However it’s still hard to not have a sense of indignation when filling out application after application for entry-level positions when I possess three degrees (I double-majored in college) and have paid over $50,000 in tuition. All of us graduating have not only impeccable grades, but loads of extracurricular activities, work experience, and polished references. Yet the job landscape is as barren as the Sahara. Several friends who returned to graduate school specifically to work in local government have given up, conceding that with the hiring freeze most cities and counties are wielding as a suture for the hemorrhaging budget deficits it is better to work elsewhere temporarily rather than wait it out. Most universities are in the same boat. Many large non-profits advertise that the best way to get a foot in the door is to work an unpaid internship for an indeterminate period of time and hope an opening in your specialization pops up (never mind about how to actually pay for living expenses on top of tuition loan payments during that period of free work). Those desiring work in the corporate sector can find jobs, albeit at a much lower salary than before and in a market that more values actual work experience over a fluffy degree.

Plus, there’s the demoralizing waiting game. I would much prefer an instant, professional rejection of my application than what has increasingly become more and more common: a month-long or more suspenseful wait until finally one of your repeated inquiries digs up either one of several possible alternatives: due to the billions of applications received for this position the process is taking much longer than anticipated (most likely); your application has been rejected but the organization felt no need to inform you of this fact (second most likely); or any number of bizarre scenarios in which the position had already been filled even before the announcement was sent out, the open job became a victim of the budget and vanished off the face of the earth, or the organization apparently self-destructed because emails and phone calls to every single person listed on their website are ignored. To be fair, a large cause behind this sick cycle is that many organizations have cut back their H.R. departments at the very time in which they have become besieged with reams of applications for any open position.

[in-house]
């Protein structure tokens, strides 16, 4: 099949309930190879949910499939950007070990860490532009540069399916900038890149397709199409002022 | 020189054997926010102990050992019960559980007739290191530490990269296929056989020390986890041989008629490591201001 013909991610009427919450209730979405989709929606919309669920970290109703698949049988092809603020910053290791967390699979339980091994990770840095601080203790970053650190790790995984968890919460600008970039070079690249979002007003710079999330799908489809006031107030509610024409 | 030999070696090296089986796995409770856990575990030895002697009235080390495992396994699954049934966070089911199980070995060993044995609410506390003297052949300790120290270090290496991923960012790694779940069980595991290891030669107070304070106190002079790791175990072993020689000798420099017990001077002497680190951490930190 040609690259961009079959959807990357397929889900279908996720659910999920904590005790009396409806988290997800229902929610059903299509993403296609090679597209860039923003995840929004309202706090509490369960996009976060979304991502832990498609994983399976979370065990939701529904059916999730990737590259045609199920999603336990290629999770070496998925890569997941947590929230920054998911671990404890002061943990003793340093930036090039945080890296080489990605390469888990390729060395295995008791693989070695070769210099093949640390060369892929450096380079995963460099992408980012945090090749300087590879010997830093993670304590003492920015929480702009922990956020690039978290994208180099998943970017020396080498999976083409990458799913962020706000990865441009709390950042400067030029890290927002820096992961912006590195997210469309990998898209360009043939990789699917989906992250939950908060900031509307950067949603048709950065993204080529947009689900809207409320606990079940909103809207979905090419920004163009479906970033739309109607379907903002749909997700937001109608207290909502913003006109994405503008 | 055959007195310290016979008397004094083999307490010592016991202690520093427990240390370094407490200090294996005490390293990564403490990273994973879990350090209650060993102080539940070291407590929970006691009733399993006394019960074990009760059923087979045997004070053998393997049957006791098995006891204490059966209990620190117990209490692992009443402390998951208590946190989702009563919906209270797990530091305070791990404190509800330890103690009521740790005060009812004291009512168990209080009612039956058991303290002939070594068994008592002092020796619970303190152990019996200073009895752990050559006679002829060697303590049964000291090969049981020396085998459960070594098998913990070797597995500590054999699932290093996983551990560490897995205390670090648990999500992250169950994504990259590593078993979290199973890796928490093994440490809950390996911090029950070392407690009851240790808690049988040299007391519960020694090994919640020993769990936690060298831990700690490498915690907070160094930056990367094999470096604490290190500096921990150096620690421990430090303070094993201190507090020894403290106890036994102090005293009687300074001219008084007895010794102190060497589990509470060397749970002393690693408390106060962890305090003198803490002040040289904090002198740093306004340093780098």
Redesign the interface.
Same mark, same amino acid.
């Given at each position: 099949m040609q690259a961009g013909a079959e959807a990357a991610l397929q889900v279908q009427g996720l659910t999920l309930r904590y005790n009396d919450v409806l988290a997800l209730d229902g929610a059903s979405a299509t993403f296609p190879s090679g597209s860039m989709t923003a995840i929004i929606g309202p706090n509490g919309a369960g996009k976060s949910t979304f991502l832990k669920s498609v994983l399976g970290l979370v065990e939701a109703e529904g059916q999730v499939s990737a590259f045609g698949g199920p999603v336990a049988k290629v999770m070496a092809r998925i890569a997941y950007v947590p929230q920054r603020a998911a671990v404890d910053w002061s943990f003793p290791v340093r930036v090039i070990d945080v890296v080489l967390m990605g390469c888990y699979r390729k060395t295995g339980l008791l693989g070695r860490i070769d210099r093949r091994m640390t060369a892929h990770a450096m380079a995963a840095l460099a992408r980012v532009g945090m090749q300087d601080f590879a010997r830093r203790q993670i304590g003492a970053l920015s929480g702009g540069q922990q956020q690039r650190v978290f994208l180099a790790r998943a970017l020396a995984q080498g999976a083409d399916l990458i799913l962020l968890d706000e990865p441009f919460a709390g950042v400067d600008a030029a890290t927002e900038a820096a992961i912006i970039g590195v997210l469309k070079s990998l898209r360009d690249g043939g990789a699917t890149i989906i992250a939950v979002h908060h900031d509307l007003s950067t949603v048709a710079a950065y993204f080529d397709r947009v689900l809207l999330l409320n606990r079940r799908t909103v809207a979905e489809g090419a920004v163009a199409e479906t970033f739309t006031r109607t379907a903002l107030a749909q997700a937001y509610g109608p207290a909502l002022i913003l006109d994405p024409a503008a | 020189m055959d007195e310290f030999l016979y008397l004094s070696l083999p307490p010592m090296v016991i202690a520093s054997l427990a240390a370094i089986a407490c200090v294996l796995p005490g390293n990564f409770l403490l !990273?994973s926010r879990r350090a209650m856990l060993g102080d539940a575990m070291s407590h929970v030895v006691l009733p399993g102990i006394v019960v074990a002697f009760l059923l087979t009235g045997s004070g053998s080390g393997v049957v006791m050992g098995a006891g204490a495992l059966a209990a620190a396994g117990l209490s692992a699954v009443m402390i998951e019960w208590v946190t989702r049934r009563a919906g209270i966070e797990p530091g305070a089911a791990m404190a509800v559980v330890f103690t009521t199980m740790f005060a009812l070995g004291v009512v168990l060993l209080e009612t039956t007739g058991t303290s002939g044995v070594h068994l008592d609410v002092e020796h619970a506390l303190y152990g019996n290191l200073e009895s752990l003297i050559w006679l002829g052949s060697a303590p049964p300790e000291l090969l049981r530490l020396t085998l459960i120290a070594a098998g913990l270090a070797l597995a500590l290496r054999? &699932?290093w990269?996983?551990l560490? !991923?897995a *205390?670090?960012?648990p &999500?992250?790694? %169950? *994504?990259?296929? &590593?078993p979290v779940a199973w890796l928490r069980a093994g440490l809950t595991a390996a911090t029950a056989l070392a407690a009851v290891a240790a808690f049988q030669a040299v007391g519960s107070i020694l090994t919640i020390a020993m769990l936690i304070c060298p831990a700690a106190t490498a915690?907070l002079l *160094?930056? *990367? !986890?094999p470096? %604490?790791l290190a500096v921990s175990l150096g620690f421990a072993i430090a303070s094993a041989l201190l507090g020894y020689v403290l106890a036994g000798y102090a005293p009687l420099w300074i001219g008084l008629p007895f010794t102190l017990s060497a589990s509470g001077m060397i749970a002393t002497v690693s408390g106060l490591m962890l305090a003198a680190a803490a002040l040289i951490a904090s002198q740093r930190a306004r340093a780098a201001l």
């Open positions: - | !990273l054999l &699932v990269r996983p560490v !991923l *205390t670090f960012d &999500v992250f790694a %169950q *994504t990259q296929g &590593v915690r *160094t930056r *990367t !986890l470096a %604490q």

The disappointing thing about this situation (well, okay there are a lot more than just one) is that local governments, universities, and non-profits are exactly the institutions that need these recently graduated, bright, articulate, and socially savvy students. Degrees are becoming more and more interdisciplinary to reflect the entrenched problems facing our financial, social, and environmental systems; and rightfully so. Effective communication and management of these issues has drastically changed in just the last couple of years. Plus in the years to come, millions of baby boomers will be retiring and taking to their vacation pastures with them LARGE amounts of institutional knowledge. The time is now to get young and sophisticated workers into the workforce so they can begin the tasks needed to help their companies and organizations adapt to the ever-quicker changing world. This seems to make logical and smart institutional sense, but then again what do I know. I’m just another unemployed person skimming the want ads.

Note – this was written in 2010, and published in the Muir Beach Beachcomber in June 2011.